Articles | Volume 22, issue 2
Atmos. Chem. Phys., 22, 1059–1079, 2022
https://doi.org/10.5194/acp-22-1059-2022
Atmos. Chem. Phys., 22, 1059–1079, 2022
https://doi.org/10.5194/acp-22-1059-2022
Research article
21 Jan 2022
Research article | 21 Jan 2022

A case study on the impact of severe convective storms on the water vapor mixing ratio in the lower mid-latitude stratosphere observed in 2019 over Europe

Dina Khordakova et al.

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Interactive discussion

Status: closed

Comment types: AC – author | RC – referee | CC – community | EC – editor | CEC – chief editor | : Report abuse
  • RC1: 'Comment on acp-2021-749', Zhipeng Qu, 09 Oct 2021
  • RC2: 'Comment on acp-2021-749', Anonymous Referee #2, 29 Oct 2021
  • AC1: 'Answers to acp-2021-749', Dina Khordakova, 29 Nov 2021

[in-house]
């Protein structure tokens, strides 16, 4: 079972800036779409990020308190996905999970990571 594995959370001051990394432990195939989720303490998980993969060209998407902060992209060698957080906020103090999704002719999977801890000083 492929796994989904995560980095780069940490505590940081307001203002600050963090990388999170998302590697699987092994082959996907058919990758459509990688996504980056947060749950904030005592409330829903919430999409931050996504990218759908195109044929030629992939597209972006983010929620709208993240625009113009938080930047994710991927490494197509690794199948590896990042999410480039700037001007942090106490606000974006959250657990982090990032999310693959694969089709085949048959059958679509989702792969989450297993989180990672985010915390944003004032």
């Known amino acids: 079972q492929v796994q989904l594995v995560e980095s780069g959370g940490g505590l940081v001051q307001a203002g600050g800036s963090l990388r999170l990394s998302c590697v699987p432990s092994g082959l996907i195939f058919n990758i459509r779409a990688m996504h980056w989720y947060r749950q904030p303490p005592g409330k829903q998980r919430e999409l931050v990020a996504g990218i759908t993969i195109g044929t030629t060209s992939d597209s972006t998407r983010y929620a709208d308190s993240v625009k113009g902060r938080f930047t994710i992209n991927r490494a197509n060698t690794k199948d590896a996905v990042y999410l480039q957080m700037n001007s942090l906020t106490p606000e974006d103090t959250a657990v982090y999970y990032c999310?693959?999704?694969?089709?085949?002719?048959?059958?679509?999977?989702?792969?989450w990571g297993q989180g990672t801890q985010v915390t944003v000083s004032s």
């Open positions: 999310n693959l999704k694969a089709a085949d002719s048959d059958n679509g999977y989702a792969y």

Peer review completion

AR: Author's response | RR: Referee report | ED: Editor decision
AR by Dina Khordakova on behalf of the Authors (29 Nov 2021)  Author's response    Author's tracked changes    Manuscript
ED: Publish subject to technical corrections (01 Dec 2021) by Farahnaz Khosrawi
AR by Dina Khordakova on behalf of the Authors (06 Dec 2021)  Author's response    Manuscript
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Short summary
Extreme storms transport humidity from the troposphere to the stratosphere. Here it has a strong impact on the climate. With ongoing global warming, we expect more storms and, hence, an enhancement of this effect. A case study was performed in order to measure the impact of the direct injection of water vapor into the lower stratosphere. The measurements displayed a significant transport of water vapor into the lower stratosphere, and this was supported by satellite and reanalysis data.
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